Determinants of Child Health and development: populations, partnerships, pathways and prevention [ 2005 - 2009 ]

Also known as: Determinants of Child Health and development

Research Grant

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Researchers: Prof Fiona Stanley (Principal investigator) ,  A/Pr Deborah Lehmann A/Pr Helen Leonard Prof Caroline Bower Prof Nicholas De Klerk
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Brief description There are considerable challenges to the study of complex health and developmental problems in children and young people. Despite increasing prosperity in Australia, many of these problems are not abating and some appear to be increasing. These include low birthweight, behavioural and mental health problems, autism, obesity and, in Indigenous children, infections. This Program proposes investigating these problems with a view to prevention, thus meeting the national research priority of Promoting and Maintaining Good Health, particularly _a healthy start to life� and _preventive health care�. The Program is unique in that it brings together a multi-disciplinary team of researchers of international repute to investigate these complex issues. The research team comprises epidemiologists, clinicians, developmental psychologists, biostatisticians, sociologists and other social scientists. This team has a proven track record in producing research outcomes that have translated into innovative health policy and practice in areas as diverse as: - the use of folic acid in spina bifida prevention - understanding cerebral palsies - suicide prevention and mental health in children and young people - Aboriginal child health and development - intellectual disabilities including Rett syndrome and autism - in vitro fertilisation and birth defects. The factors influencing how children develop into young adults include genetic inheritance, nutrition and growth, and family, socioeconomic and environmental conditions. This work demands new ways of measuring and analysing these factors in populations of children and their families. Western Australia is one of only three sites in the world to have comprehensive linked health data on the whole of its population of children and their families. This Program comprises five overlapping themes of research planned around these unique population databases. The five themes are: - social, economic and psychological influences on child health and development - many paths to poor health are linked to social disadvantage. Examining these issues may explain why some childhood conditions are worsening or not improving - pathways to wellbeing, resilience and developmental disorders, including intellectual disability, autism, birth defects and cerebral palsy - nutrition and growth, particularly as it relates to low birthweight, childhood obesity and mental health - infectious disease, its causes and its influence on lifelong health problems and disabilities - Aboriginal health _ whilst spanning each of the research themes above, it presents its own unique challenges and requires it�s own unique solutions. This Program will investigate how children develop into young adults and will examine the influence of their families, nutrition and growth and socioeconomic and environmental conditions. It will develop new ways of measuring and analys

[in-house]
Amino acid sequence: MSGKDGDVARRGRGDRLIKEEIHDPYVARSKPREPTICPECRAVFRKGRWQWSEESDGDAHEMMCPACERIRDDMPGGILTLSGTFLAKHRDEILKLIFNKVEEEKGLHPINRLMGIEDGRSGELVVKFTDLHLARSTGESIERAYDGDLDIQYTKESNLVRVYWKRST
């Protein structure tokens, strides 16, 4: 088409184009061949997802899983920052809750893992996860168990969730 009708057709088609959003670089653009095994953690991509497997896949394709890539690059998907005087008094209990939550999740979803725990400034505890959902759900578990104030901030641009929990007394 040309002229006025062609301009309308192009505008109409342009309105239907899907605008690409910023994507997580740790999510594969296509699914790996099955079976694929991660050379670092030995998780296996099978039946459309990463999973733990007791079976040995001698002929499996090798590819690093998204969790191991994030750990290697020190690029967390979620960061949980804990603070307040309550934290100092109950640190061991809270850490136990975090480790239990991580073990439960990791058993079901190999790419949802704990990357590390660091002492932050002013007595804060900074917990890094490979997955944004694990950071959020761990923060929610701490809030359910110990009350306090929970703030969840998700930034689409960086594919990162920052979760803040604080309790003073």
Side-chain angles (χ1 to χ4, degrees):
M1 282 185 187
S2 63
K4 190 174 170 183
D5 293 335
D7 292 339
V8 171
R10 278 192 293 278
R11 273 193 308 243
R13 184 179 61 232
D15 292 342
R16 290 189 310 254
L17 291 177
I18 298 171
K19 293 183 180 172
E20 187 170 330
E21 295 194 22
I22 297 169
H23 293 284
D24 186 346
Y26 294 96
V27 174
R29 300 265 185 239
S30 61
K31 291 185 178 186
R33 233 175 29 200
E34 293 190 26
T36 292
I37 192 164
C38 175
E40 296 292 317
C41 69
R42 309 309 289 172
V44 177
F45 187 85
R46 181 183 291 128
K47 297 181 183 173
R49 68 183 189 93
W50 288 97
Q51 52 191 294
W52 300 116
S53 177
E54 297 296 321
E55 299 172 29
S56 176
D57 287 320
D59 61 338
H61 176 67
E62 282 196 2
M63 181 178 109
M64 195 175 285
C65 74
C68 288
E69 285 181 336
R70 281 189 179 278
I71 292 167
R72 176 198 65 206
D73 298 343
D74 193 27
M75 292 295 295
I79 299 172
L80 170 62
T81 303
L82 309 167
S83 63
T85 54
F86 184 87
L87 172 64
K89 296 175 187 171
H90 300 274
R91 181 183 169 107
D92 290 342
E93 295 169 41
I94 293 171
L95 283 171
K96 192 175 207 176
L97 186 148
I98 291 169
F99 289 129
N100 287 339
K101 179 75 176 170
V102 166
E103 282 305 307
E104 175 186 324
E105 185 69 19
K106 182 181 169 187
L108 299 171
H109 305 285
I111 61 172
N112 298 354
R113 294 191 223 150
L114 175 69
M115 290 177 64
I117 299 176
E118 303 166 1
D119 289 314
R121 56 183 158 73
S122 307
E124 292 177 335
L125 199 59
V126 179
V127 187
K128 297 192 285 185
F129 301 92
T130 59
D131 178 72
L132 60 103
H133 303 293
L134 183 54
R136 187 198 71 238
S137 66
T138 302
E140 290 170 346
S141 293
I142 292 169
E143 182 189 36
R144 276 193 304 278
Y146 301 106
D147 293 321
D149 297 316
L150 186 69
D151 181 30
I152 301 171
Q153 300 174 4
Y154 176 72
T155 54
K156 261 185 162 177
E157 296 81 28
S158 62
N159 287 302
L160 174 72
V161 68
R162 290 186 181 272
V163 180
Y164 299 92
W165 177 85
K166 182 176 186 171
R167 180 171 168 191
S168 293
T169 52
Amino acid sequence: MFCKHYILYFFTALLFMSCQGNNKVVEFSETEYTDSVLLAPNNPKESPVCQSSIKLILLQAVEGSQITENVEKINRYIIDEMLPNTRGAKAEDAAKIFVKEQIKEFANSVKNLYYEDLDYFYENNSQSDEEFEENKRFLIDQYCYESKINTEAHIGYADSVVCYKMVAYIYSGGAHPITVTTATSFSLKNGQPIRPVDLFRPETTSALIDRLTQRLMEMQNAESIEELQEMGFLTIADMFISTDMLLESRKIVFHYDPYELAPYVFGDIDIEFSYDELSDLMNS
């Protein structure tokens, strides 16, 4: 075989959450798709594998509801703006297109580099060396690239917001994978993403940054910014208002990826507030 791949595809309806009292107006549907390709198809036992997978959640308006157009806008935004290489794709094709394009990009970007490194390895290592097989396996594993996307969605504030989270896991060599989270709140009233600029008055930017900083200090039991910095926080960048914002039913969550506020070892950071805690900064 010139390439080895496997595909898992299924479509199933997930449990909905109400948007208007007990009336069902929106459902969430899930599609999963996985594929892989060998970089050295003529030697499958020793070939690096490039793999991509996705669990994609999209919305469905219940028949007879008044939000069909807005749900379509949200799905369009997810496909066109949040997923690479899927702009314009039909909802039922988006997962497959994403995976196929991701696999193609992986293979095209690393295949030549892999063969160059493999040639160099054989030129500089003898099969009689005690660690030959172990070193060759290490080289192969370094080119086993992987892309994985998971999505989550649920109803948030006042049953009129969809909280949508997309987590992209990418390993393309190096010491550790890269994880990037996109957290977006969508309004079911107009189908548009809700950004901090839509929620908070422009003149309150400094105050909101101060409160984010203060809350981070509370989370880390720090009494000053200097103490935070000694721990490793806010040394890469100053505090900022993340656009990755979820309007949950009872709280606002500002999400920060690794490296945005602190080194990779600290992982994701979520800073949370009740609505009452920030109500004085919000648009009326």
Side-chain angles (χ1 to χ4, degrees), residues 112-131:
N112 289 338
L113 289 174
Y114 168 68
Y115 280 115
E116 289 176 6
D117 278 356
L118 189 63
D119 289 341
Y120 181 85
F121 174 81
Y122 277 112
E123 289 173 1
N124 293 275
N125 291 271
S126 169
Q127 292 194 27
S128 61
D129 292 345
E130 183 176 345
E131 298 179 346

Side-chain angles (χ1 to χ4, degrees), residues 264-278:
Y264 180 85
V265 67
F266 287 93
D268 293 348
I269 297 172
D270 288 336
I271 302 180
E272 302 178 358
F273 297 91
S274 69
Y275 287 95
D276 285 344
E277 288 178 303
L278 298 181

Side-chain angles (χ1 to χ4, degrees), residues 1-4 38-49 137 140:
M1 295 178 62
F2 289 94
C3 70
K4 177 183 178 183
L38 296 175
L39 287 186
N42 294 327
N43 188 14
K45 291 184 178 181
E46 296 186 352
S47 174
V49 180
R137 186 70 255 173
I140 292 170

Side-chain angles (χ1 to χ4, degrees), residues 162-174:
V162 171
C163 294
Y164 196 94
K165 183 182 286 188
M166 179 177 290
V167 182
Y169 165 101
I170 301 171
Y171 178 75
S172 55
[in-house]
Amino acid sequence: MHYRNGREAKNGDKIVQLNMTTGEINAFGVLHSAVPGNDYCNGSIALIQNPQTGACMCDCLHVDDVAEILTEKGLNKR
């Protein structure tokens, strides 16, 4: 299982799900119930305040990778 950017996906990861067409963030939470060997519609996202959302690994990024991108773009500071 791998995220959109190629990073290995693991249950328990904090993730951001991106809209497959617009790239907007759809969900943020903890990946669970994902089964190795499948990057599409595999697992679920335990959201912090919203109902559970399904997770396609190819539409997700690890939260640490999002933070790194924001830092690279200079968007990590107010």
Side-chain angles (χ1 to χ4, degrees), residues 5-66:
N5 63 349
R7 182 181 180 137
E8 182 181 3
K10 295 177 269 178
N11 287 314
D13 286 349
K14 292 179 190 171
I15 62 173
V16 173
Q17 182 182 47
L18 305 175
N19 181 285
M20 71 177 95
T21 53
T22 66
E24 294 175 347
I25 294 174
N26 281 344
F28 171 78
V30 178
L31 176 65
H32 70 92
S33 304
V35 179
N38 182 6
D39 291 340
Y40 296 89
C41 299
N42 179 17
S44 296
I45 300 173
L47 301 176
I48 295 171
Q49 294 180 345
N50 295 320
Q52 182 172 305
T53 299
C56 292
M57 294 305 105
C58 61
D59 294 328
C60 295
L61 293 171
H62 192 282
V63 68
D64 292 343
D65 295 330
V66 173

Funding Amount $AUD 8,214,333.28

Funding Scheme Programs

Notes Program Grant

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